:alignment :center
      :hgap 10
      :vgap 10
      :columns 2
      :rows 6
      :padding (ui :insets
                 :bottom 25
                 :left 25
                 :right 25
                 :top 25)
      :children [(ui :text
                   :text "Welcome"
                   :font (ui :font
                           :family "Tahoma"
                           :weight :normal
                           :size 20)
                   :grid-pane/column-index 0
                   :grid-pane/row-index 0
                   :grid-pane/column-span 2
                   :grid-pane/row-span 1)

                 (ui :label
                   :text "User:"
                   :grid-pane/column-index 0
                   :grid-pane/row-index 1)

                 (ui :text-field
                   :grid-pane/column-index 1
                   :grid-pane/row-index 1)

                 (ui :label :text "Password:"
                   :grid-pane/column-index 0
                   :grid-pane/row-index 2)

                 (ui :password-field
                   :grid-pane/column-index 1
                   :grid-pane/row-index 2)

                 (ui :h-box
                   :spacing 10
                   :alignment :bottom-right
                   :children [(ui :button :text "Sign in"
                                :on-action {:event :auth})]
                   :grid-pane/column-index 1
                   :grid-pane/row-index 4)

                 (ui :text
                   :text (if authed? "Sign in was pressed" "")
                   :fill (firebrick)
                   :grid-pane/column-index 1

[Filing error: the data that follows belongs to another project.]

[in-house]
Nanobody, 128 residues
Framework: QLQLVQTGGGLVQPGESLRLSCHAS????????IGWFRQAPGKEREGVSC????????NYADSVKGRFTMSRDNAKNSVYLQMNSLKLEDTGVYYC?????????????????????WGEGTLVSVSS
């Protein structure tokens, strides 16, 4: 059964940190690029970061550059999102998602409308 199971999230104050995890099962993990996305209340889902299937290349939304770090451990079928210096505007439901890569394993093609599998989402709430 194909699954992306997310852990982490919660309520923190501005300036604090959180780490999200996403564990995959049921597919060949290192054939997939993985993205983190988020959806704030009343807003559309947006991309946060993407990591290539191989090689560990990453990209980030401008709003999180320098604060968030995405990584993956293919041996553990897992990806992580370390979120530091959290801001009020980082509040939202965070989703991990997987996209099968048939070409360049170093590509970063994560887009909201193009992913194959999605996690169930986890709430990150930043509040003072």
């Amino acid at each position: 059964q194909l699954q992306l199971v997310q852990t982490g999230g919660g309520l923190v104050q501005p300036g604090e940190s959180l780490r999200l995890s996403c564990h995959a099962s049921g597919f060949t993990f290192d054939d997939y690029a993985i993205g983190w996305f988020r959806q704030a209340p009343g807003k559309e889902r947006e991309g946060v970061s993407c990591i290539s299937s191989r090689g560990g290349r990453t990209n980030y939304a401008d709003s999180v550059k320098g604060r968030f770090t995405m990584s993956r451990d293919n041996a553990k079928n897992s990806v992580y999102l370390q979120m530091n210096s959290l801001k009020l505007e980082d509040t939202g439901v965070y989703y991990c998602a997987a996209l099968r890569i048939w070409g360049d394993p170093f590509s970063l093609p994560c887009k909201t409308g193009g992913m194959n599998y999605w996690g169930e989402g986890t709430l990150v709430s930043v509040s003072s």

:grid-pane/row-index 6)])))

;; Wrap our login form in a stage/scene, and create a "stage" function
(defui Stage
  (render [this args]
    (ui :stage
      :title "JavaFX Welcome"
      :shown true
      :scene (ui :scene
               :root (login-window args)))))

(defn -main []
  (let [;; Data State holds the business logic of our app
        data-state (atom {:authed? false})

        ;; handler-fn handles events from the ui and updates the data state
        handler-fn (fn [{:keys [event]}]
                     (println "UI Event" event)
                     (case event
                       :auth (swap! data-state assoc :authed? true)
                       (println "Unknown UI event" event)))

        ;; ui-state holds the most recent state of the ui
        ui-state (agent (dom/app (stage @data-state) handler-fn))]

    ;; Every time the data-state changes, queue up an update of the UI
    (add-watch data-state :ui (fn [_ _ _ _]
                                (send ui-state
                                  (fn [old-ui]
                                    (dom/update-app old-ui (stage @data-state))))))))


Copyright (c) 2016 Timothy Baldridge. All rights reserved. The use and distribution terms for this software are covered by the Eclipse Public License 1.0 (http://opensource.org/licenses/eclipse-1.0.php) which can be found in the file epl-v10.html at the root of this distribution. By using this software in any fashion, you are agreeing to be bound by the terms of this license. You must not remove this notice, or any other, from this software.